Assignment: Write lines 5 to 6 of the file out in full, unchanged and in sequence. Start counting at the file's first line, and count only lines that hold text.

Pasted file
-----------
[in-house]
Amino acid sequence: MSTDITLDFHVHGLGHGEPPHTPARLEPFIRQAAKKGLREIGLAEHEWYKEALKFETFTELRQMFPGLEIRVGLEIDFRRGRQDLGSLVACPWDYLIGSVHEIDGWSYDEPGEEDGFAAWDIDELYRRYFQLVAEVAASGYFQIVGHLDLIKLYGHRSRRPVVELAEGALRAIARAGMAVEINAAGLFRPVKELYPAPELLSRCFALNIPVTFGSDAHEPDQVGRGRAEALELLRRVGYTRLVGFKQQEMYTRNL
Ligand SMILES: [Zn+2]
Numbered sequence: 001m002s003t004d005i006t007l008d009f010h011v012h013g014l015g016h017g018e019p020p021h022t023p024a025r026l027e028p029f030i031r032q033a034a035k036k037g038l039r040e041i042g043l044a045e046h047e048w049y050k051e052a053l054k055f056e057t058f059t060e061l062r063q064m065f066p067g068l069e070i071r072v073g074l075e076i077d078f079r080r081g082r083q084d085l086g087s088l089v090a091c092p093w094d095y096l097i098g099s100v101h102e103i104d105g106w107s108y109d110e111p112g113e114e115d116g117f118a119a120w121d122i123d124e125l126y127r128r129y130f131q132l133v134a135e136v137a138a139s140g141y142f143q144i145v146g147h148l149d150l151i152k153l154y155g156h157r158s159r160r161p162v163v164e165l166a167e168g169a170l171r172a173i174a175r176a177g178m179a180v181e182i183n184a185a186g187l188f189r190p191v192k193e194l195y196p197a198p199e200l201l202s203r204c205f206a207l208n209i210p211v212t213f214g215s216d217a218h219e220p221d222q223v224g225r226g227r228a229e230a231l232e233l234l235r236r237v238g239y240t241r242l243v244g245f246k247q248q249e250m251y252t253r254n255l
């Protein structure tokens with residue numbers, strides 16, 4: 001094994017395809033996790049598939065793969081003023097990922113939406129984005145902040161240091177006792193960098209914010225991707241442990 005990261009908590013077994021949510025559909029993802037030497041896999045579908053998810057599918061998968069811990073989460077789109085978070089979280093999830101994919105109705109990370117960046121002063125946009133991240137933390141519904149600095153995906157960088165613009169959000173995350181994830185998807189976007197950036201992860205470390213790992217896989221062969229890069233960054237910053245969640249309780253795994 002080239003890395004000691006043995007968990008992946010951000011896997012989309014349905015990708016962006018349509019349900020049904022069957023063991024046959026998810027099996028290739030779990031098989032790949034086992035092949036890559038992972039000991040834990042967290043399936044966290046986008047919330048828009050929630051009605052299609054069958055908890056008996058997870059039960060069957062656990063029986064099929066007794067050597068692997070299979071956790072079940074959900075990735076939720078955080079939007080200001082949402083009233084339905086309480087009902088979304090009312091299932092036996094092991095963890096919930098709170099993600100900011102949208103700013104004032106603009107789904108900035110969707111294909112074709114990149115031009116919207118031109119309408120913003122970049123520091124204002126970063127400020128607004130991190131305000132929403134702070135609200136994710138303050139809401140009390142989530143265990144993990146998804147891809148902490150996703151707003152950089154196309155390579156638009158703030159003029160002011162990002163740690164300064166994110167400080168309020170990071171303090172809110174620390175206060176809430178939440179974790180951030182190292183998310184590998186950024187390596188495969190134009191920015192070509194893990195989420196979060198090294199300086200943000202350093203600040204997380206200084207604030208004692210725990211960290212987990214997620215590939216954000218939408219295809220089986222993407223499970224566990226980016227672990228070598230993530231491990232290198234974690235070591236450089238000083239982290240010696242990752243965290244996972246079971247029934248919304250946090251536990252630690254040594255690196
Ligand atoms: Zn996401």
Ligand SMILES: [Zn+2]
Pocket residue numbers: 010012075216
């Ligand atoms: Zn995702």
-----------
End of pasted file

């Protein structure tokens with residue numbers, strides 16, 4: 001094994017395809033996790049598939065793969081003023097990922113939406129984005145902040161240091177006792193960098209914010225991707241442990 005990261009908590013077994021949510025559909029993802037030497041896999045579908053998810057599918061998968069811990073989460077789109085978070089979280093999830101994919105109705109990370117960046121002063125946009133991240137933390141519904149600095153995906157960088165613009169959000173995350181994830185998807189976007197950036201992860205470390213790992217896989221062969229890069233960054237910053245969640249309780253795994 002080239003890395004000691006043995007968990008992946010951000011896997012989309014349905015990708016962006018349509019349900020049904022069957023063991024046959026998810027099996028290739030779990031098989032790949034086992035092949036890559038992972039000991040834990042967290043399936044966290046986008047919330048828009050929630051009605052299609054069958055908890056008996058997870059039960060069957062656990063029986064099929066007794067050597068692997070299979071956790072079940074959900075990735076939720078955080079939007080200001082949402083009233084339905086309480087009902088979304090009312091299932092036996094092991095963890096919930098709170099993600100900011102949208103700013104004032106603009107789904108900035110969707111294909112074709114990149115031009116919207118031109119309408120913003122970049123520091124204002126970063127400020128607004130991190131305000132929403134702070135609200136994710138303050139809401140009390142989530143265990144993990146998804147891809148902490150996703151707003152950089154196309155390579156638009158703030159003029160002011162990002163740690164300064166994110167400080168309020170990071171303090172809110174620390175206060176809430178939440179974790180951030182190292183998310184590998186950024187390596188495969190134009191920015192070509194893990195989420196979060198090294199300086200943000202350093203600040204997380206200084207604030208004692210725990211960290212987990214997620215590939216954000218939408219295809220089986222993407223499970224566990226980016227672990228070598230993530231491990232290198234974690235070591236450089238000083239982290240010696242990752243965290244996972246079971247029934248919304250946090251536990252630690254040594255690196
Ligand atoms: Zn996401």